Remembering the Fallen
Victoria Vanier, Ottawa
People pay their respects to fallen Canadian soldiers and Veterans in different ways; sporting a bright red poppy on a lapel or overcoat at this time of year is the most popular. Many of us will attend a Remembrance Day Ceremony or, at the very least, bow our heads for a minute of silence on November 11th.
Two former Stanstead residents, Diane and Jacques Bouchard, have gone one big step further from the traditional when it comes to paying their respects to Canadian soldiers: they went on a pilgrimage to visit all the World War I monuments to Canadian soldiers in Europe. “Our whole trip was planned around where the Canadian soldiers distinguished themselves,” explained Diane from her home in Ottawa. “We visited the St. Julien Memorial of a praying soldier in St. Julien, Belgium, the Vimy Ridge Memorial, all the monuments to Canadian soldiers that we could find on the World War I website.”
The trip, which lasted twenty-two days, took months to prepare for. “A friend who works for National Defense lent us some books and I read John Mcrae’s biography before going,” said Diane. The Bouchards also went to the Stanstead Legion to learn the names of local men who had died in the World Wars. Stanstead Legion president David Woodard supplied them with the names that can be seen on local monuments in Stanstead, the Rock Island and Beebe sectors, and Georgeville. “my husband and I were so moved to see those lists of nineteen, twenty and twenty-one year-olds. It was so sad; we had children that age.”
The Bouchards wanted the list of fallen, local men so they could try to find where some of them were buried in Europe. “We were able to find the address of the grave of a Private Arthur Roy, from Stanstead, from a National Defense website. So when we were in Europe we went to that cemetery,” mentioned Diane. Once at the cemetery, a map helped the couple find the grave of Arthur Roy from among 25,000; row upon row of identical, white headstones, many never visited by faraway relatives, some forgotten entirely. They reverently placed poppies at the grave of Arthur Roy, son of Joseph Roy, of Stanstead.
The Bouchards also took a photograph of Arthur Roy’s grave, hoping to find one of his descendants when they returned home to give it to. “I contacted a few Roys when we came back but so far we haven’t found the relatives.”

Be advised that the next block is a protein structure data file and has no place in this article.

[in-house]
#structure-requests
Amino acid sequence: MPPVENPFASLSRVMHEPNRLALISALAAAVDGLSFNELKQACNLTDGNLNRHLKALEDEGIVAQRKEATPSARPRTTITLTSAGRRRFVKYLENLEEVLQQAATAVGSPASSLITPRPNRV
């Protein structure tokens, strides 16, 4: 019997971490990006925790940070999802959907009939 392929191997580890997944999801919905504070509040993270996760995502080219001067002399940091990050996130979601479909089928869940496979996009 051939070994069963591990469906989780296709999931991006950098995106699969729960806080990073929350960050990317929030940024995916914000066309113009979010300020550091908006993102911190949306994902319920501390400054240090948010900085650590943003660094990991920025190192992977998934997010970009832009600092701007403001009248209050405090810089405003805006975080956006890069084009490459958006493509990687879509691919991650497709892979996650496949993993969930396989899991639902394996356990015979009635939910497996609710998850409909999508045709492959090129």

Through their research, Jacques and Diane discovered a website that may be of interest to people who have late friends or relatives buried in a military cemetery overseas. At www.
twgpp.org, photographs of the graves of thousands of fallen soldiers are available to look at or to order copies of. Not all of the graves of soldiers have been photographed; it’s a work in progress. Diane and Jacques were able to find the photographs of the graves of these local men on the website: Private Gordon Hume Hand, Lieutenant Allan Routledge, Sergeant R.C. Feltus, Flight Sargeant Arthur James Henderson and Flying Officer Wendell Stuart Curtis. “Now relatives and Veterans who can’t go to the cemeteries can still pay respect to their relatives or to their old friends,” commented Mrs. Bouchard.
Diane and Jacques were both impressed by how well-kept the military cemeteries are in Europe. “At all the cemeteries there were flowers and the grass is kept mowed. There are maps, lists of names and grave references, visitors books.” They also visited an American cemetery while there to pay their respects to a relative who died in the First World War. “At the American cemetery of St. Raphael, an employee was at the gate to welcome visitors.” The employee didn’t only help the Bouchards locate the grave they were looking for, he also filled the weathered letters on the gravestone with brown sand so the letters would be readable in the photograph. After taking the picture of the grave, they placed a cross, a poppy and an American flag.
The Ottawa couple is now planning a second trip, this time to trace the steps of Canadian soldiers in the Second World War. “We’re really looking forward to doing a lot of research and visiting the World War II sites and monuments.”
Thinking about the first trip, Diane commented: “I never forgot the feeling in the cemetery. As a mother of young men, I could relate to the loss of so many young lives. 600,000 Canadians participated in this War and 60,000 lost their lives. November 11th is a day of Remembrance and as we live in Ottawa, we are present at each celebration. It is very important that we remember.”
Diane and Jacques Bouchard paid their respects at the grave of Stanstead’s Arthur Roy who was killed in the First World War at 22 years of age.
Military cemeteries in Europe, such as the Lijssenthoek Cemetery in Belgium where Arthur Roy is buried, are kept in immaculate condition with well-tended gardens and lawns.